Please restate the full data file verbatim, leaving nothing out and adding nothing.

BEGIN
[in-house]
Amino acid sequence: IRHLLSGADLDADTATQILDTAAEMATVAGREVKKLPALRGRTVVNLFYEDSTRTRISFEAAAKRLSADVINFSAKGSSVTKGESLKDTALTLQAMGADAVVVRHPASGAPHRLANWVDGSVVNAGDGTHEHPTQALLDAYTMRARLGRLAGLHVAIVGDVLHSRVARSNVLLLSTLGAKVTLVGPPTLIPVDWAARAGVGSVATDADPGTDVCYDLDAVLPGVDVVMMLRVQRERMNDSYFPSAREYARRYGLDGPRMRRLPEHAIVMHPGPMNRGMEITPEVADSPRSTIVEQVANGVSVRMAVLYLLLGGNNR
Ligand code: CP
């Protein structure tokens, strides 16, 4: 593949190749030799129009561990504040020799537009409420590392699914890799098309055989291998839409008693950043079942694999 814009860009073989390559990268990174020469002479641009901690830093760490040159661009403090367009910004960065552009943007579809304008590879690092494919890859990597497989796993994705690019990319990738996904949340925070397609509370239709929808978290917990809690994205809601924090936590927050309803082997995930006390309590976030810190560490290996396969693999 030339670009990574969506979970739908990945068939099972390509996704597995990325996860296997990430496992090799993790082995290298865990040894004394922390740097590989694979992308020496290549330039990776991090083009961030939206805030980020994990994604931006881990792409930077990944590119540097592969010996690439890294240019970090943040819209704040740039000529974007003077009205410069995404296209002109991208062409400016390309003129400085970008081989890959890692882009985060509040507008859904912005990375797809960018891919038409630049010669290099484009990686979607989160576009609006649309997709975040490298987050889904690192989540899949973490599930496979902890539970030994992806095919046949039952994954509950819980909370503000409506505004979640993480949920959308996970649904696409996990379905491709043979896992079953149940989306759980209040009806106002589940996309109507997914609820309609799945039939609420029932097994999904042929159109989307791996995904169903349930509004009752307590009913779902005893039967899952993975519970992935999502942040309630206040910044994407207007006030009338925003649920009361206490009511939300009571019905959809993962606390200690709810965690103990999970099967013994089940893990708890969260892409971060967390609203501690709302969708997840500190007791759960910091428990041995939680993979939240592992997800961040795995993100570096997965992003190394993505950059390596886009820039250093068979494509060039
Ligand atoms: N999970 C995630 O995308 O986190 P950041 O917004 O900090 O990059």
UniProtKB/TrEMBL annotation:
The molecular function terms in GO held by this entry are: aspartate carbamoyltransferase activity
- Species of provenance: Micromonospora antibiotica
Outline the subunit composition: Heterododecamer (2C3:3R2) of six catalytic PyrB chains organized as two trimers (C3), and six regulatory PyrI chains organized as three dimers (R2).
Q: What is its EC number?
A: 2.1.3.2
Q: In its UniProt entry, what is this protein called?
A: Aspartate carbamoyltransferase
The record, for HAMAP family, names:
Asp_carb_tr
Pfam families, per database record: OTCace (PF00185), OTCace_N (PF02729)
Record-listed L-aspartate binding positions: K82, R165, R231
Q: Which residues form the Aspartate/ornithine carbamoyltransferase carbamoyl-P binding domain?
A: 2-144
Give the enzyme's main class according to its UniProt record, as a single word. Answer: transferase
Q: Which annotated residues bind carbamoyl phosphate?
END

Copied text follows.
[in-house]
Amino acid sequence: IRHLLSGADLDADTATQILDTAAEMATVAGREVKKLPALRGRTVVNLFYEDSTRTRISFEAAAKRLSADVINFSAKGSSVTKGESLKDTALTLQAMGADAVVVRHPASGAPHRLANWVDGSVVNAGDGTHEHPTQALLDAYTMRARLGRLAGLHVAIVGDVLHSRVARSNVLLLSTLGAKVTLVGPPTLIPVDWAARAGVGSVATDADPGTDVCYDLDAVLPGVDVVMMLRVQRERMNDSYFPSAREYARRYGLDGPRMRRLPEHAIVMHPGPMNRGMEITPEVADSPRSTIVEQVANGVSVRMAVLYLLLGGNNR
Ligand code: CP
């Protein structure tokens, strides 16, 4: 593949190749030799129009561990504040020799537009409420590392699914890799098309055989291998839409008693950043079942694999 814009860009073989390559990268990174020469002479641009901690830093760490040159661009403090367009910004960065552009943007579809304008590879690092494919890859990597497989796993994705690019990319990738996904949340925070397609509370239709929808978290917990809690994205809601924090936590927050309803082997995930006390309590976030810190560490290996396969693999 030339670009990574969506979970739908990945068939099972390509996704597995990325996860296997990430496992090799993790082995290298865990040894004394922390740097590989694979992308020496290549330039990776991090083009961030939206805030980020994990994604931006881990792409930077990944590119540097592969010996690439890294240019970090943040819209704040740039000529974007003077009205410069995404296209002109991208062409400016390309003129400085970008081989890959890692882009985060509040507008859904912005990375797809960018891919038409630049010669290099484009990686979607989160576009609006649309997709975040490298987050889904690192989540899949973490599930496979902890539970030994992806095919046949039952994954509950819980909370503000409506505004979640993480949920959308996970649904696409996990379905491709043979896992079953149940989306759980209040009806106002589940996309109507997914609820309609799945039939609420029932097994999904042929159109989307791996995904169903349930509004009752307590009913779902005893039967899952993975519970992935999502942040309630206040910044994407207007006030009338925003649920009361206490009511939300009571019905959809993962606390200690709810965690103990999970099967013994089940893990708890969260892409971060967390609203501690709302969708997840500190007791759960910091428990041995939680993979939240592992997800961040795995993100570096997965992003190394993505950059390596886009820039250093068979494509060039
Ligand atoms: N999970 C995630 O995308 O986190 P950041 O917004 O900090 O990059």
UniProtKB/TrEMBL annotation:
The molecular function terms in GO held by this entry are: aspartate carbamoyltransferase activity
- Species of provenance: Micromonospora antibiotica
Outline the subunit composition: Heterododecamer (2C3:3R2) of six catalytic PyrB chains organized as two trimers (C3), and six regulatory PyrI chains organized as three dimers (R2).
Q: What is its EC number?
A: 2.1.3.2
Q: In its UniProt entry, what is this protein called?
A: Aspartate carbamoyltransferase
The record, for HAMAP family, names:
Asp_carb_tr
Pfam families, per database record: OTCace (PF00185), OTCace_N (PF02729)
Record-listed L-aspartate binding positions: K82, R165, R231
Q: Which residues form the Aspartate/ornithine carbamoyltransferase carbamoyl-P binding domain?
A: 2-144
Give the enzyme's main class according to its UniProt record, as a single word. Answer: transferase
Q: Which annotated residues bind carbamoyl phosphate?